At the end of the Ice Age--about 10,000-15,000 years ago--food may have been in short supply due to a large extinction of animals (thought to be due to overhunting and/or climate change) and possible competition over hunting ranges. People turned to fishing and fowling at watersides during the Mesolithic of 10,000-9,000 BC. From about 9,000 BC (the Proto-Neolithic) onwards, people turned their attention to animal and plant domestication. They began capturing their own animals knowing that they would multiply of their own accord, collecting and sewing their own seeds, and began studying insects--particularly bees--as a crop pollinator. Architecture and artifacts indicate that humans also adopted some aspects of insect lifestyles--via sympathetic worship--in an attempt to improve their own working lives. Some early homes were dome-shaped and often described as "beehives". At Khirokitia (from c.6020 BC), for example, "Several compounds were found consisting of one large beehive house, and several others used as kitchens, workshops for grinding corn, etc The general impression is one of great efficiency and good organization" (1965, p. 54). So it appears that early settlements may have been modeled on the beehive, both in terms of architecture and work organisation.
The largest Neolithic settlement was Çatal Hüyük, the East side of which was inhabited from about 6500-5650 BC. Shrine VII has a wall relief of a goddess with two red rings around her pregnant abdomen and a triangular navel (1967, p. 76)--imitating a bee's abdomen and stinger, and suggesting that she was equated to the queen bee. Bone belt clasps have been unearthed, possessing a curved conical pin that may have been inspired by the queen honeybee's curved stinger. Shrine VI.B.8 has a wall painting (1967, p. 123) with many handprints on the bottom, three bull heads at the top and a middle section displaying " the life-cycle of the bee in a honeycomb with closed cells on the left, from which, in the middle, the bees [indicated by white circles] emerge to fly freely in a field of flowers on the right" (1967, pp. 91, 162). The honeycomb is enclosed within two rows of four-fingered hands that Mellaart suspected represented crops. This shows that the people had an intimate knowledge of the beehive and that bees played a role in fertilising crops. One would think that such knowledge could only be attained by providing a nearby hive for the bees--in hollow logs, pots or baskets--as Stone Age people are known to have done. The entire painting theme suggests a spiritual hierarchy of humans on the bottom, gods on the top, and bees as the intermediary between the two. In fact, throughout the site numerous handprints had clear cell-like palms with a circle in them, suggesting that the people considered themselves the equivalent of "bees" for their own society--probably because they were living the same lifestyle as the bees (by working in the fields). Additionally, a painting in shrine A.III.1 shows the people representing themselves as insect-sized compared to the bull they hunted. So for the inhabitants there probably was a hierarchy of a queen at the top, artisans in the middle, and workers on the bottom--thus mimicking the bee hierarchy of queen, drones, and workers. Mellaart noted that over time, the king appears less frequently in statues, and that an interaction with bees would have occurred to (at least) make mead (a wine made from honey).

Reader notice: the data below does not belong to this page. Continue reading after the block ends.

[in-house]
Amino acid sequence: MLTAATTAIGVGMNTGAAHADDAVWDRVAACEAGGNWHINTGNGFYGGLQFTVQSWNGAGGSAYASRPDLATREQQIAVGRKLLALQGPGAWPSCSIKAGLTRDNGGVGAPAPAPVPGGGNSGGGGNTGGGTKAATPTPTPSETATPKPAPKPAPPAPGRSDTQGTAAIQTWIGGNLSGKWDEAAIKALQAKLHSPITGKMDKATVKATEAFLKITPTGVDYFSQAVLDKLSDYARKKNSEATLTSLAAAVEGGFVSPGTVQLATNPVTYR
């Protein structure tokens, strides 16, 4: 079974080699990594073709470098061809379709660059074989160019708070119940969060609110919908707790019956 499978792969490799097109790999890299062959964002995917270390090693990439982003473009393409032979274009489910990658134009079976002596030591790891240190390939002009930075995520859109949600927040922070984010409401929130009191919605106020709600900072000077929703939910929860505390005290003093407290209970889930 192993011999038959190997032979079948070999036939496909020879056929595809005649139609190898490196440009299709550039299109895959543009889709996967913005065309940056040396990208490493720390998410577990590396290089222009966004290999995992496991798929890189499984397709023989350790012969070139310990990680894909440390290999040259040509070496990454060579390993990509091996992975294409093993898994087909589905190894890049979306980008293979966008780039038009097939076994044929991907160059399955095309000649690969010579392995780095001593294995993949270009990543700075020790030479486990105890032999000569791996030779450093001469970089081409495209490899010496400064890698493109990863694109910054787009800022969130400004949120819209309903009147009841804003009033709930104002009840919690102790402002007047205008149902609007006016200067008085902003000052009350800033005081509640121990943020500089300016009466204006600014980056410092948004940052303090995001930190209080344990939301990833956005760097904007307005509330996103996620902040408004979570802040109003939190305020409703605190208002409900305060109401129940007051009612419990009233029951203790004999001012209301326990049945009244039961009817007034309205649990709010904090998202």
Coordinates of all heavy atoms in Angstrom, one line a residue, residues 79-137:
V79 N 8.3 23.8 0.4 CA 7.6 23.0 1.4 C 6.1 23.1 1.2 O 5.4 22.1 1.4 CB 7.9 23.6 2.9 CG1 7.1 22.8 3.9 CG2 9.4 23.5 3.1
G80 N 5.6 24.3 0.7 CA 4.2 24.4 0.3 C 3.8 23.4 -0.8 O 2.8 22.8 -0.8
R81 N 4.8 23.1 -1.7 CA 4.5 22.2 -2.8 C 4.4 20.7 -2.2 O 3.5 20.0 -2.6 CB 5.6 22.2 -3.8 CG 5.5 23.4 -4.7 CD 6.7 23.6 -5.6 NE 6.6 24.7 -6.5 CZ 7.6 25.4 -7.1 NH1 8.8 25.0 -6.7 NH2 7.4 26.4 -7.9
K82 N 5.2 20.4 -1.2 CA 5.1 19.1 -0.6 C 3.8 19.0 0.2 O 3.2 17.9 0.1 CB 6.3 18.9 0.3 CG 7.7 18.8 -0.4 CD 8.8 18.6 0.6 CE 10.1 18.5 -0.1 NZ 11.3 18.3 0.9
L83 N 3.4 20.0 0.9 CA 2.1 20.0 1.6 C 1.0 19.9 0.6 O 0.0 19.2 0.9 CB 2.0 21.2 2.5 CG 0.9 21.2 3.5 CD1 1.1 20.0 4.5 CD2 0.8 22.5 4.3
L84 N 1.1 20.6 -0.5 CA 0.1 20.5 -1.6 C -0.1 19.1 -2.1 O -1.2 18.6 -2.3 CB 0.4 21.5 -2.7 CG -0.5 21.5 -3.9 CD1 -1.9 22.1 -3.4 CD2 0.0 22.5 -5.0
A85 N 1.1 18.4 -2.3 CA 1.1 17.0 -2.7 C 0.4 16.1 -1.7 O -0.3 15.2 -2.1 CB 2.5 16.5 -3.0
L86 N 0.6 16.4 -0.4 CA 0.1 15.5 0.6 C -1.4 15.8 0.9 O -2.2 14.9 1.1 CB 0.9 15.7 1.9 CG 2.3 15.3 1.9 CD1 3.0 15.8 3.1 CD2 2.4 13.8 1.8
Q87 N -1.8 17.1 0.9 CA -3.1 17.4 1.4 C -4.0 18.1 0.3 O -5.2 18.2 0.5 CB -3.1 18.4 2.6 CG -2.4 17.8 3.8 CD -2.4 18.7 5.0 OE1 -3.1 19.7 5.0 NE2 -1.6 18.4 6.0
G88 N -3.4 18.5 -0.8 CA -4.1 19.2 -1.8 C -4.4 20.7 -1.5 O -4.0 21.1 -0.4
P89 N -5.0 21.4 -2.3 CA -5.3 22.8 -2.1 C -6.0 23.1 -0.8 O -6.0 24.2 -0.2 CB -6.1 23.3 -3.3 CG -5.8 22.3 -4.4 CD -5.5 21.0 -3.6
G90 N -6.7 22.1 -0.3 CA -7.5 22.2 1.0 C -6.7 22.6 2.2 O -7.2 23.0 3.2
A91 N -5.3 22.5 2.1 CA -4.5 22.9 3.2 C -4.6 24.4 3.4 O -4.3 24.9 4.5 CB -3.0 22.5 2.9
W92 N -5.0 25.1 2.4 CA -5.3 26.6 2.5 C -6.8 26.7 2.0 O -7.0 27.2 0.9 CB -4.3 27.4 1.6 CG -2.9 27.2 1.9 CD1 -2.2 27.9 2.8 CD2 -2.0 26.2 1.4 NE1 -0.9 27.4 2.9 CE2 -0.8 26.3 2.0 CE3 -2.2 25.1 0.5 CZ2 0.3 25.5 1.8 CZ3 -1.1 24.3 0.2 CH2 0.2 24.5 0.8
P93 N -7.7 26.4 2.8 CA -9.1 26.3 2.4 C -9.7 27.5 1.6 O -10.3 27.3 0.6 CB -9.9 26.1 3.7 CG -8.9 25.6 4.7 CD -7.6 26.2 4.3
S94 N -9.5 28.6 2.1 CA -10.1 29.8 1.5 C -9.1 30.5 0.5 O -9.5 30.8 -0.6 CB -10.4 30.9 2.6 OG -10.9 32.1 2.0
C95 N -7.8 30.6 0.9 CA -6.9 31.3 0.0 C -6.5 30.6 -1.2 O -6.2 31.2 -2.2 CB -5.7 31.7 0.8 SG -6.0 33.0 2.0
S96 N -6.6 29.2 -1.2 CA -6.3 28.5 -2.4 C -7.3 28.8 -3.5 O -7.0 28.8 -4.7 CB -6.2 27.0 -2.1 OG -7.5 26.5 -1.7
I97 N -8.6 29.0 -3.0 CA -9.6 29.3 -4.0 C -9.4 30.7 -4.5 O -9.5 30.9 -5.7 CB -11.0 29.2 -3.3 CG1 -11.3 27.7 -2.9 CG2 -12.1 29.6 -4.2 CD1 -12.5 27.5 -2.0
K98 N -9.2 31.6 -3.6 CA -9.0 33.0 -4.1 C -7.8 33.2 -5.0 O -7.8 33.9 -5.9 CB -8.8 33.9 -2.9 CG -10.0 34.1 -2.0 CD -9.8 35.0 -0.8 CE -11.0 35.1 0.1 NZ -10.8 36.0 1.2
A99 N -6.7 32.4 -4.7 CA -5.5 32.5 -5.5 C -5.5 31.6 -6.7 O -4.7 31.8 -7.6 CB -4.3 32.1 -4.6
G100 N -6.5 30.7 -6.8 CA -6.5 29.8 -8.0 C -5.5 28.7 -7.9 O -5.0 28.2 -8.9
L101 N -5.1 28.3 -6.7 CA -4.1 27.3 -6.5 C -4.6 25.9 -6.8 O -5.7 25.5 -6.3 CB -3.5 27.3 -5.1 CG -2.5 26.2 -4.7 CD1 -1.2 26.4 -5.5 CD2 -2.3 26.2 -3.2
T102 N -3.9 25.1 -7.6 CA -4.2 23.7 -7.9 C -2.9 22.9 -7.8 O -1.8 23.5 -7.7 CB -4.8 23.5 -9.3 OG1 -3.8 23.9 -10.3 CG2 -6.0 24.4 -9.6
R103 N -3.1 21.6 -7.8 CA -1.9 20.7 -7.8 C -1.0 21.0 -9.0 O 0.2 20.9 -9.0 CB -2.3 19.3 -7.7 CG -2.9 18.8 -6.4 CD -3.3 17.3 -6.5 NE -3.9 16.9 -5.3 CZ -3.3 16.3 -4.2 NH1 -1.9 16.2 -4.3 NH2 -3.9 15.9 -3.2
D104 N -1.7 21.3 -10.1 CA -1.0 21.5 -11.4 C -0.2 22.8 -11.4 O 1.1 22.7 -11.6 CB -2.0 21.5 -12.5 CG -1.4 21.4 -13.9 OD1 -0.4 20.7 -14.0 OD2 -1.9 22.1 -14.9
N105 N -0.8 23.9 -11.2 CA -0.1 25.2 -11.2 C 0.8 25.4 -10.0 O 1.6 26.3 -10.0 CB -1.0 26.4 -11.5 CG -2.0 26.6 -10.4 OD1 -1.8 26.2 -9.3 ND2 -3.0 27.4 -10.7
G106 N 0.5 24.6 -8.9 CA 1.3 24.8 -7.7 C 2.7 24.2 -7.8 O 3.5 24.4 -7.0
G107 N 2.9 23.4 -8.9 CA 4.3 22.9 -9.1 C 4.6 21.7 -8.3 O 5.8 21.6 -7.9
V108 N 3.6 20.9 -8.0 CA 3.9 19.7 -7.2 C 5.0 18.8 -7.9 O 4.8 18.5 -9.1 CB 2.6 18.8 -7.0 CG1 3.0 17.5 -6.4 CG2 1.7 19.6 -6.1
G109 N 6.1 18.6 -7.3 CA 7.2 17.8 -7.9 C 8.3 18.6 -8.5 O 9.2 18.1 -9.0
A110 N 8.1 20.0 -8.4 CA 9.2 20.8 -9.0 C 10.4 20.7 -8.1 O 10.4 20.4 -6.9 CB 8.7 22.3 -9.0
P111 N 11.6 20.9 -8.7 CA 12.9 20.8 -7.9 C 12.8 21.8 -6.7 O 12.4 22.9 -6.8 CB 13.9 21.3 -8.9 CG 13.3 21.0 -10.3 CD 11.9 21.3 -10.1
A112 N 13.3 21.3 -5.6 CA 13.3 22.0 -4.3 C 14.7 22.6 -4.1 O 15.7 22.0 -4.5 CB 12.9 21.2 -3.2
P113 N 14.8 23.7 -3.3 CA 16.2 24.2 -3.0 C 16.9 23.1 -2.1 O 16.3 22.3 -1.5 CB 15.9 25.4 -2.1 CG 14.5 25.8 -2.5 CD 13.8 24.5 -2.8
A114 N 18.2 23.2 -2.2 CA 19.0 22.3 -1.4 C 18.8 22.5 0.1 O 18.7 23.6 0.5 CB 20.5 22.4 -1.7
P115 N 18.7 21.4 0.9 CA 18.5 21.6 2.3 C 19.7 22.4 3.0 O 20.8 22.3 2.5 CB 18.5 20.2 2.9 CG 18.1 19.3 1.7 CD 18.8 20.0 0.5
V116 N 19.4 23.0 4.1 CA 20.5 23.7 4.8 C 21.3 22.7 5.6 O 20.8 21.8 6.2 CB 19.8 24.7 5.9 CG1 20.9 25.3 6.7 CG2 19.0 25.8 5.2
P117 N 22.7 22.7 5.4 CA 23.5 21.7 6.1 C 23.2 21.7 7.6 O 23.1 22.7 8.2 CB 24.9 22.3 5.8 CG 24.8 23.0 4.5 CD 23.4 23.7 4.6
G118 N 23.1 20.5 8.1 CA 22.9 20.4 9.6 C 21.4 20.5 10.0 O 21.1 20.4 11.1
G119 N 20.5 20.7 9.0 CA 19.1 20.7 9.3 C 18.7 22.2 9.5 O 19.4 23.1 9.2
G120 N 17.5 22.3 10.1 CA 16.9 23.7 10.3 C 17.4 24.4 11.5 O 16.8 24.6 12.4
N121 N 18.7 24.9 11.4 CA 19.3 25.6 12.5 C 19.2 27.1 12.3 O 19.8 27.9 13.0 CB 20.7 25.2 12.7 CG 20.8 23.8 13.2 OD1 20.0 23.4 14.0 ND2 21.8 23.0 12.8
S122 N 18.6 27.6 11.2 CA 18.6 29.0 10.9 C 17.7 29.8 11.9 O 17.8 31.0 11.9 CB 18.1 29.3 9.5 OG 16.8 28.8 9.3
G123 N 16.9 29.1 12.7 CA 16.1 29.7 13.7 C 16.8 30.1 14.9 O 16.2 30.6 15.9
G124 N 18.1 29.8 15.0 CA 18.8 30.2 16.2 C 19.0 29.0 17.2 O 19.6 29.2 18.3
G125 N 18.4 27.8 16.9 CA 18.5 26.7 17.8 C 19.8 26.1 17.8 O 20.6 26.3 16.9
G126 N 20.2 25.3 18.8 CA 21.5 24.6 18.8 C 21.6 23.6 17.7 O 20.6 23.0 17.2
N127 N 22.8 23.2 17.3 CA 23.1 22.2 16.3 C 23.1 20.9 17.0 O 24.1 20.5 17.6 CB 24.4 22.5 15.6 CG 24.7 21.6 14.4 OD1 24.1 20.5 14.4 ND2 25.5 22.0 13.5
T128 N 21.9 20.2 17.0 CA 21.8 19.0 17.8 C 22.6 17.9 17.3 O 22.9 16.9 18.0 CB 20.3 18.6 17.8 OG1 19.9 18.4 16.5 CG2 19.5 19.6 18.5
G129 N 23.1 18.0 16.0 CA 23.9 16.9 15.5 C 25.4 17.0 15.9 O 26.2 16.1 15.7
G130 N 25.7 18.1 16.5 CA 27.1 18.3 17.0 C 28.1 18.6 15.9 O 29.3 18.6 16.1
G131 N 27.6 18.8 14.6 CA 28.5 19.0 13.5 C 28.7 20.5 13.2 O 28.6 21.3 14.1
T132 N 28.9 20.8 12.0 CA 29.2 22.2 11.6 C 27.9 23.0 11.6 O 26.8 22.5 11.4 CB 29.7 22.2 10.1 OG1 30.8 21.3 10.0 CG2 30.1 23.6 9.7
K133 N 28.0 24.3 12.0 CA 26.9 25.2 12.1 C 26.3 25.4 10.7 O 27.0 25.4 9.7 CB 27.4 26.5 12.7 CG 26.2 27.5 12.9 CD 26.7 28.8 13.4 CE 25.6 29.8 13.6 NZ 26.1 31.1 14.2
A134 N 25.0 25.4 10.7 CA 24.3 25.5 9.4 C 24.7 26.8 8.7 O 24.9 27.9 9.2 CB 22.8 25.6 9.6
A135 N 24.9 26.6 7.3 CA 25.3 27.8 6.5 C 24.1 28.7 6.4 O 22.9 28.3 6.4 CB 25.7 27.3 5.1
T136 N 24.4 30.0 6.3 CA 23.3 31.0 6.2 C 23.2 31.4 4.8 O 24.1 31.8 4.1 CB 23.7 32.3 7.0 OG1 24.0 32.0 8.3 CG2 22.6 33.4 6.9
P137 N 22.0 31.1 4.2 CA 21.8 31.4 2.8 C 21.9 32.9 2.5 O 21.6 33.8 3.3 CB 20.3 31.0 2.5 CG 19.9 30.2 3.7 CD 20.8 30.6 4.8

A wall painting of the city itself, in shrine VII (1967, p. 133), is composed of clear cell-like units--suggesting that the honeycomb may have been its inspiration. The real complex had entry holes in the roof, organic passageways between rooms, intramural burials, and new buildings built over the top of old ones. The people busied themselves with activities on the roofs and moved inside to worship, cook or sleep. It was, in effect, a self-contained "human hive".